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A Week in the Life of Muayad Ali

A Week in the Life of Muayad Ali

Issue 86 November 2011

Owner and executive chef of La Sophia restaurant in London, Muayad Ali’s career has been as exceptional as some of his dishes.

Throughout my culinary career, I had always wanted to open a restaurant and I believe it is every chef’s passion to do so. My working day typically begins at 9am, when I order the necessary ingredients from my suppliers. I also test out new samples of meat that have been sent to me. Then I start my preparations for lunch. Everything in my kitchen is made from scratch; we have never served anything ready-made to our customers. I spend the time between lunch and dinner preparing the food. From 6pm until 11.30 at night, I will be in the kitchen cooking and keeping an eye on everything else that is being prepared.

I first worked in a kitchen when I was 15, in my hometown of Tulkarn in Palestine. I started cooking at a local restaurant the year after, and I had always been curious about what chefs do to make a restaurant successful. Throughout my travels and work in restaurants in Europe, I have learnt that it is not just about cooking; it is the culinary techniques, the thought that goes into the menu and the preparation beforehand.

After finishing high school in Palestine, I went to study Culinary Art at a college in Amsterdam, and worked in a French restaurant to complement my studies. From there, I went to work in French restaurants across Belgium, Switzerland, Germany and Canada. French cuisine is all about creativity and exploring your imagination within your dishes, as well as having unlimited ingredients to work with at your disposal. I am also fortunate to come from the Mediterranean region; an area rich with ingredients, in particular herbs and fresh vegetables. In Canada, I worked as an executive sous chef in a restaurant that served modern Italian cuisine. It was voted one of the top 10 Italian restaurants in North America.

During my time in Canada, I worked for a banqueting company and we had to provide food for a government conference for 2,000 people. I worked 26 hours straight. For the dessert, we had ice cream and I had to spend six hours in the walk in freezer, preparing 2,000 servings with three scoops of different flavours in each one. It took me a very long time to warm up after that!

With my global experience, I have learnt a lot about the different types of meat and cuts, as well as what types of cuisine are popular with customers. I have brought this skill to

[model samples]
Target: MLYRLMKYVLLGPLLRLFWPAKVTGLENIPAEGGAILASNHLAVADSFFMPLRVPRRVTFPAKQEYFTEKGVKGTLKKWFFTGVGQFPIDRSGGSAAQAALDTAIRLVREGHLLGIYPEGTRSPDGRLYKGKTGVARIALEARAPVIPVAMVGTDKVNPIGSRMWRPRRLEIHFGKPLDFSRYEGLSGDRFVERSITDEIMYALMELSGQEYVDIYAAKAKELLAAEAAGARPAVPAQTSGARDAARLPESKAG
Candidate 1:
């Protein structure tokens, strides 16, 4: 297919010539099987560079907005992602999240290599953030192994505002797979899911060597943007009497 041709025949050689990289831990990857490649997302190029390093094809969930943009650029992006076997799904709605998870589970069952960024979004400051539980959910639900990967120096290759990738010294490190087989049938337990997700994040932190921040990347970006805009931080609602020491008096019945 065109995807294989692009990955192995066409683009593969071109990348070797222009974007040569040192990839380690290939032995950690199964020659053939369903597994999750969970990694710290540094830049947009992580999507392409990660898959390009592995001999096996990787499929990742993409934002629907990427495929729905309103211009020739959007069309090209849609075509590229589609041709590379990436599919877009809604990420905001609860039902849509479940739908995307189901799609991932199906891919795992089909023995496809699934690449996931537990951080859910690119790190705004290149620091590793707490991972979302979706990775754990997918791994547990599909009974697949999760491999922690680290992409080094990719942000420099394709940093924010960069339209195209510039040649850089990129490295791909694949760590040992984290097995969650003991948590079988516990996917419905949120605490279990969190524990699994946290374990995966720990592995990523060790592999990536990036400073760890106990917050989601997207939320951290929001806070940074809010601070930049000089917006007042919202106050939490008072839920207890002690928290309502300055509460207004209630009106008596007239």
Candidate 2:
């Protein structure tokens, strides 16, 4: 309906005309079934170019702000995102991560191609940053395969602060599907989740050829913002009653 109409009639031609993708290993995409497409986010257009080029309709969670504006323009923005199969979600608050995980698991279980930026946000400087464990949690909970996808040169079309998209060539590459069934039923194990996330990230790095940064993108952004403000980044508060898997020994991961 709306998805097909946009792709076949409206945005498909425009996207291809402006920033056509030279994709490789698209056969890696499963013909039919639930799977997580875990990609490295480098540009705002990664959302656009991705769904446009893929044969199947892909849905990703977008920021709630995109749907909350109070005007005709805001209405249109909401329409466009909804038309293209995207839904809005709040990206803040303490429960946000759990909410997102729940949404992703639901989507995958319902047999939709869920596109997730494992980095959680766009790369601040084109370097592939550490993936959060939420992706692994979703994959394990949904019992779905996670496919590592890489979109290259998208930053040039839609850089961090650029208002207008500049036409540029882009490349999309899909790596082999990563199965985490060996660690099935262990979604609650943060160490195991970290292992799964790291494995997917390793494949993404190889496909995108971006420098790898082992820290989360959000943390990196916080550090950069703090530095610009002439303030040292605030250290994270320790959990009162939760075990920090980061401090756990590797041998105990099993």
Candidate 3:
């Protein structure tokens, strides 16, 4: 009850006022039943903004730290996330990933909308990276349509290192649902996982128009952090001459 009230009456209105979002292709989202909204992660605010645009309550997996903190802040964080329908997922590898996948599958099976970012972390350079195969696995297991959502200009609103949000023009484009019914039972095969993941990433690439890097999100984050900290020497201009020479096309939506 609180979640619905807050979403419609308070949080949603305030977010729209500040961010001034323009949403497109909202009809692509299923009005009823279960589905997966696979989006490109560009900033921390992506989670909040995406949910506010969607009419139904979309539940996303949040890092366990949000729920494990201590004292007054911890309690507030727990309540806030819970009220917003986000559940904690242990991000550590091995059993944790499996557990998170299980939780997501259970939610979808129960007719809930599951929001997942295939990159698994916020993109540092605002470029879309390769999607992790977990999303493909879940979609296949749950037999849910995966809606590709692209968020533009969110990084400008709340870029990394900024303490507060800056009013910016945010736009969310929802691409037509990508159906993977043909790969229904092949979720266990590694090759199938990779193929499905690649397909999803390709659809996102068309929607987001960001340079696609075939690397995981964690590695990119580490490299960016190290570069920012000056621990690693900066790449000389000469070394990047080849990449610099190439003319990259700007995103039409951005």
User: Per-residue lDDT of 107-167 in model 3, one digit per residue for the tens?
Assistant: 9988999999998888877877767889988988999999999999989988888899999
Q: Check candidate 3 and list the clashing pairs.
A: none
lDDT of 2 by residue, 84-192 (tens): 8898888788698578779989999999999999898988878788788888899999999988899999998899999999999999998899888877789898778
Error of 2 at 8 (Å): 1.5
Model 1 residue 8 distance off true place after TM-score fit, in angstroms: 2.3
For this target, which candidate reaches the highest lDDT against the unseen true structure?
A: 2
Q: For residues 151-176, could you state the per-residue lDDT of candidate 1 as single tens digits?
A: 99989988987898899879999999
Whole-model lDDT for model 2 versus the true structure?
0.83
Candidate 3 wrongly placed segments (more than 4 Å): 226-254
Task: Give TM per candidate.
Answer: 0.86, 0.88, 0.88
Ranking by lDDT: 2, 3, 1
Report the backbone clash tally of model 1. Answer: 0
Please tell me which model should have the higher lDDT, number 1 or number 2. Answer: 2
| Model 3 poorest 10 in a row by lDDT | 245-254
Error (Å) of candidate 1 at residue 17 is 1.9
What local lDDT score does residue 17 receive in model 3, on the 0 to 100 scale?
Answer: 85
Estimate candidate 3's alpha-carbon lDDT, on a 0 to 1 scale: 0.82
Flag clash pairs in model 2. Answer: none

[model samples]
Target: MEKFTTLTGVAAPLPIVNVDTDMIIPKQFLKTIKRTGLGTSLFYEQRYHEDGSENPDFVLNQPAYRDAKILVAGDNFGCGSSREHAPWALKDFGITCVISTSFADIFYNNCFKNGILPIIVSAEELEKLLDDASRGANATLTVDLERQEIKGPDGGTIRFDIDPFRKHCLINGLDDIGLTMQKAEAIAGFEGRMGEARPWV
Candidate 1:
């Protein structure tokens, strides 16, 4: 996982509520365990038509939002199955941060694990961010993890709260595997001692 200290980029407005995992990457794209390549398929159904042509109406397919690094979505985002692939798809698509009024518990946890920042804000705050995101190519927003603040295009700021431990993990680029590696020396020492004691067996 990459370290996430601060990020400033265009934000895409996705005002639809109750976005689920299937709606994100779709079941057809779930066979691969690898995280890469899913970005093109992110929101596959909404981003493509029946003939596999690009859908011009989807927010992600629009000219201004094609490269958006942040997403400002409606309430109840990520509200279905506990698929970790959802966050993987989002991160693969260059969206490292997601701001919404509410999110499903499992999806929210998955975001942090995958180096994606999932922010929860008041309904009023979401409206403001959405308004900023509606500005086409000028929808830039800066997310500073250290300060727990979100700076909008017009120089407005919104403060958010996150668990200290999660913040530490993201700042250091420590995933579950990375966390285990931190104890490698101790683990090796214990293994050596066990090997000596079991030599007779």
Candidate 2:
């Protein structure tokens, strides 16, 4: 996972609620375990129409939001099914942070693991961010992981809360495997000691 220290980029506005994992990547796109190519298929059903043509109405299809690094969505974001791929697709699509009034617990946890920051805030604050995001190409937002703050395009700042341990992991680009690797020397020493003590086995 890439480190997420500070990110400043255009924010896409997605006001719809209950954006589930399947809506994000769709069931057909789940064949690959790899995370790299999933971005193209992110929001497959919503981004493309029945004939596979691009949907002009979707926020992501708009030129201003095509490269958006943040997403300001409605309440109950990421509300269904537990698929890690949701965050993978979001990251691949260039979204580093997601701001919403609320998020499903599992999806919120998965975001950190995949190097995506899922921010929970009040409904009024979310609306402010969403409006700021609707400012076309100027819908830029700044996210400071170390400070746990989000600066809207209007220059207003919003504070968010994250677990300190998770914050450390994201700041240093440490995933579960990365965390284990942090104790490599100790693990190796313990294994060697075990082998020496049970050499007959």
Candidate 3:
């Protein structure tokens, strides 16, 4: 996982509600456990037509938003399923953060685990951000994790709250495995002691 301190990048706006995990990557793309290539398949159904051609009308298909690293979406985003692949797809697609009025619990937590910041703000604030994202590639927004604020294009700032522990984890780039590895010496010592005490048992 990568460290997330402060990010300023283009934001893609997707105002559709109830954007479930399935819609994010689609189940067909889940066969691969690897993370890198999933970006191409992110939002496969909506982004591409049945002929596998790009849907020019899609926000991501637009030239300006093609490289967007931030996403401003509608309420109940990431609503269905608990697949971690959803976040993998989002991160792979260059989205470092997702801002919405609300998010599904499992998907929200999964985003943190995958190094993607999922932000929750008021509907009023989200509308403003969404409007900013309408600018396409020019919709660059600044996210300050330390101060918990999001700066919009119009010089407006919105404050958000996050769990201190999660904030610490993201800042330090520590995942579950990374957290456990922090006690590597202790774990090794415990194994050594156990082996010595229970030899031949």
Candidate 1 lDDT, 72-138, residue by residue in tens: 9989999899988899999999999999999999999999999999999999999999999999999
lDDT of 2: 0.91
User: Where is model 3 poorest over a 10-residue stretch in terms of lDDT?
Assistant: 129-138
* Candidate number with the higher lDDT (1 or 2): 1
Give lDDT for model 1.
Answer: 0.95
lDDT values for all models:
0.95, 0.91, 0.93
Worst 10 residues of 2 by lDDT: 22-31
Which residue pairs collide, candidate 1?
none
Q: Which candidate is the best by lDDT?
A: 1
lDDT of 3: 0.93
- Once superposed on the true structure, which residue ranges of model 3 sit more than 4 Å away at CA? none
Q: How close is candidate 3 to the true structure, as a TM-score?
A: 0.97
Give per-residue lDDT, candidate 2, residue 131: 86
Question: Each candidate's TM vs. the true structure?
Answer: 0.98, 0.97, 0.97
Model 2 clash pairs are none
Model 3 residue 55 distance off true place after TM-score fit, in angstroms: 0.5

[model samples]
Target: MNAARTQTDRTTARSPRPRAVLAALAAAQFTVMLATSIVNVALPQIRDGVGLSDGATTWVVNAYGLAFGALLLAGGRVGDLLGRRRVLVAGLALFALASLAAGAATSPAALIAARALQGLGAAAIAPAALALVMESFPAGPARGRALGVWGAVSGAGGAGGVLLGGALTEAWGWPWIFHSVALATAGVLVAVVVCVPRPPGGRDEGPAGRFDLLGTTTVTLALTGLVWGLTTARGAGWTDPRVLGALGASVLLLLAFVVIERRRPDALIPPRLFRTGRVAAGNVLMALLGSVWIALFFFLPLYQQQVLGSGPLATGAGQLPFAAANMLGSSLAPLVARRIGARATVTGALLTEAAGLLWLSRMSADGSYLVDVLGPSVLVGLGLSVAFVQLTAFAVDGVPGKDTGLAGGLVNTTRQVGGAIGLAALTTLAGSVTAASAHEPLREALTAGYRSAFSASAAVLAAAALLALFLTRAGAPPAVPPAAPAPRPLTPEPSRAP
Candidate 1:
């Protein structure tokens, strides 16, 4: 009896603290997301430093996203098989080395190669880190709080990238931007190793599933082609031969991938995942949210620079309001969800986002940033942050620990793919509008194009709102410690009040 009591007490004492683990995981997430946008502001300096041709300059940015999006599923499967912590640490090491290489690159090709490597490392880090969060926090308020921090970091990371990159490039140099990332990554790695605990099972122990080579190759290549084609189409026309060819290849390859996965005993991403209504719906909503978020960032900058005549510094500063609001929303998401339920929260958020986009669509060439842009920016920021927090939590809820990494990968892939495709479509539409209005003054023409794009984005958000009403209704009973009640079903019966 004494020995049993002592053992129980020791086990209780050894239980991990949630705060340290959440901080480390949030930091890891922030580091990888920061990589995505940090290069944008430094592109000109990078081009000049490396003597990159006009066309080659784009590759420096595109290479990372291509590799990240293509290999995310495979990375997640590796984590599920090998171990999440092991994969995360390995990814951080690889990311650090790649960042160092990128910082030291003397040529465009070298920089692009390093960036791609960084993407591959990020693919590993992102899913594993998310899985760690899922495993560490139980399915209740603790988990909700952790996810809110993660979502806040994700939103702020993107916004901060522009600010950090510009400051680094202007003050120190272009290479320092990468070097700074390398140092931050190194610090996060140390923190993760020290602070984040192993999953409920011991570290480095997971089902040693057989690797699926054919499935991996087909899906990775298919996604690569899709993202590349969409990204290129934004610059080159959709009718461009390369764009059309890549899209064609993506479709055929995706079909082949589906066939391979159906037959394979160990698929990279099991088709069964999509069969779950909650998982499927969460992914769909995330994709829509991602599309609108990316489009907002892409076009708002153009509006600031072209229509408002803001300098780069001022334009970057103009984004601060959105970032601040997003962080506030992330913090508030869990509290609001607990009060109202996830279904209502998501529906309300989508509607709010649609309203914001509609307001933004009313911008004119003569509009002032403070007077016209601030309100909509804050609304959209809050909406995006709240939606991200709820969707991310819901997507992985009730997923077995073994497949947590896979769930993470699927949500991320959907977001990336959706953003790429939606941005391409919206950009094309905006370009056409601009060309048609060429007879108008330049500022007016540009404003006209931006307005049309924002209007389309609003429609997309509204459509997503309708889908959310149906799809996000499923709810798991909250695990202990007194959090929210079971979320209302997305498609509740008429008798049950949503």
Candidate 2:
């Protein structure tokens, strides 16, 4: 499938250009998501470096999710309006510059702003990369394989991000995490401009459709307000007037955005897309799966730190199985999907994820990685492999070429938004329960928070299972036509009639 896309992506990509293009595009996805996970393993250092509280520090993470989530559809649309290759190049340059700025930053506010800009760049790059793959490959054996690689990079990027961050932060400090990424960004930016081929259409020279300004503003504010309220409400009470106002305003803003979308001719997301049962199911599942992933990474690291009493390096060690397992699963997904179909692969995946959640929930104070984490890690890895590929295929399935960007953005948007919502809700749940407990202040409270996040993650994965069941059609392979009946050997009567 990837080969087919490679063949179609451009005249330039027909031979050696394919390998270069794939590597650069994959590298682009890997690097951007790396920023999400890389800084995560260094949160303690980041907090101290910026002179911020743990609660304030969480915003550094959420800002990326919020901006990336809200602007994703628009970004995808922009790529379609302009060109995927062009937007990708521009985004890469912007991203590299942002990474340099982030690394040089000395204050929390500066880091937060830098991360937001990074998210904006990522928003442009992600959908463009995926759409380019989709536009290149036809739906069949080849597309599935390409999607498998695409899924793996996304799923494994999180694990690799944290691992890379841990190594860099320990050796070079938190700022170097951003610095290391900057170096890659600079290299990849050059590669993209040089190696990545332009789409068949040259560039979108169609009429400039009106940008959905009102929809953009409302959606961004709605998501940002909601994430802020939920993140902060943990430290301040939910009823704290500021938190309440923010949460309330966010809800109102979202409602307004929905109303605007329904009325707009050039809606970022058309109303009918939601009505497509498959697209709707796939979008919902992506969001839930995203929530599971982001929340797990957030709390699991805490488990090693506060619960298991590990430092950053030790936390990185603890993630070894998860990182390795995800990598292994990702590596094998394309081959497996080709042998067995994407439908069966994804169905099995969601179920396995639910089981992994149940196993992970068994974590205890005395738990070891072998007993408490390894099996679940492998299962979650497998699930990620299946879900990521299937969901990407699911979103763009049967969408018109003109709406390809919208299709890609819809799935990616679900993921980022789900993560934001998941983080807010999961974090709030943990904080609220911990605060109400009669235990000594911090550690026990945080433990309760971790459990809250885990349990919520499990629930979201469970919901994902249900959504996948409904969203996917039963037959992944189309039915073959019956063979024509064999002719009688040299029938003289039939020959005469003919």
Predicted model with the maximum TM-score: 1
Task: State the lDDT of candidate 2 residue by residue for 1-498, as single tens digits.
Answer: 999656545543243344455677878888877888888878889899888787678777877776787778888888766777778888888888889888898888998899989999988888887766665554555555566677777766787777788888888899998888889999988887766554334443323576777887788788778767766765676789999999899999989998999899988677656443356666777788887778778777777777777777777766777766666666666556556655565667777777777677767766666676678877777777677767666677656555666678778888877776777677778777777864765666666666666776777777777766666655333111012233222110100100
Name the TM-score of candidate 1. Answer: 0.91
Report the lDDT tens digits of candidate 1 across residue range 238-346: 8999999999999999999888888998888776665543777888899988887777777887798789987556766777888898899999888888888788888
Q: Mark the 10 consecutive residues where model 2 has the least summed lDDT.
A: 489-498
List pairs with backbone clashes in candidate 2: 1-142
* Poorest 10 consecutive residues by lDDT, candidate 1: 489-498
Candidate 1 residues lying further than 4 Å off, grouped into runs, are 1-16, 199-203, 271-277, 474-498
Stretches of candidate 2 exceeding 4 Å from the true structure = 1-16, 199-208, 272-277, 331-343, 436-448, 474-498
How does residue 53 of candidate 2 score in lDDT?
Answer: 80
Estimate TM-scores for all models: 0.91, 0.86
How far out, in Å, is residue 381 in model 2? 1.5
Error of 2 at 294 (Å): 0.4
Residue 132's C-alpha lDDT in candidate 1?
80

La Sophia, and we are the only fusion cuisine restaurant in London to mix Mediterranean ingredients with French cooking.

We offer a unique menu at La Sophia, and serve ostrich, rabbit and venison amongst other distinctive foods. One dish in particular that seems to interest customers is an ostrich fillet with date sauce. This originality is carried through to our dessert menu, where we have a poached pineapple with caramel sauce, accompanied by coriander syrup and almond jelly. My signature dish is a beef fillet and foie gras burger. It is based on a classic French dish, but for my incarnation, I dice the beef fillet and mix it with foie gras, which makes it more flavoursome. In the UK, I can get halal cuts of beef, lamb and chicken only. When we first opened La Sophia, I had to make a trip to Paris to set up contracts in order to source the other cuts of halal meat that we offer, as these are more popular in France.

My wife and I have two young children, Nur-ul-Din, who is three years old and Sophia, who was born one month before we opened our restaurant. They love to eat good food and have now grown up to become my fiercest critics.

We get many customers who ask why we have not been awarded any Michelin stars, and many compliment us on the quality of our ingredients. We have been fortunate to enjoy a significant amount of success within the short period of time we have been open. What makes it even more special is that we are experimenting with a new cuisine, halal gourmet, and it shows that I have made progress in my mission to get the Muslim community to think outside the kebab roll.

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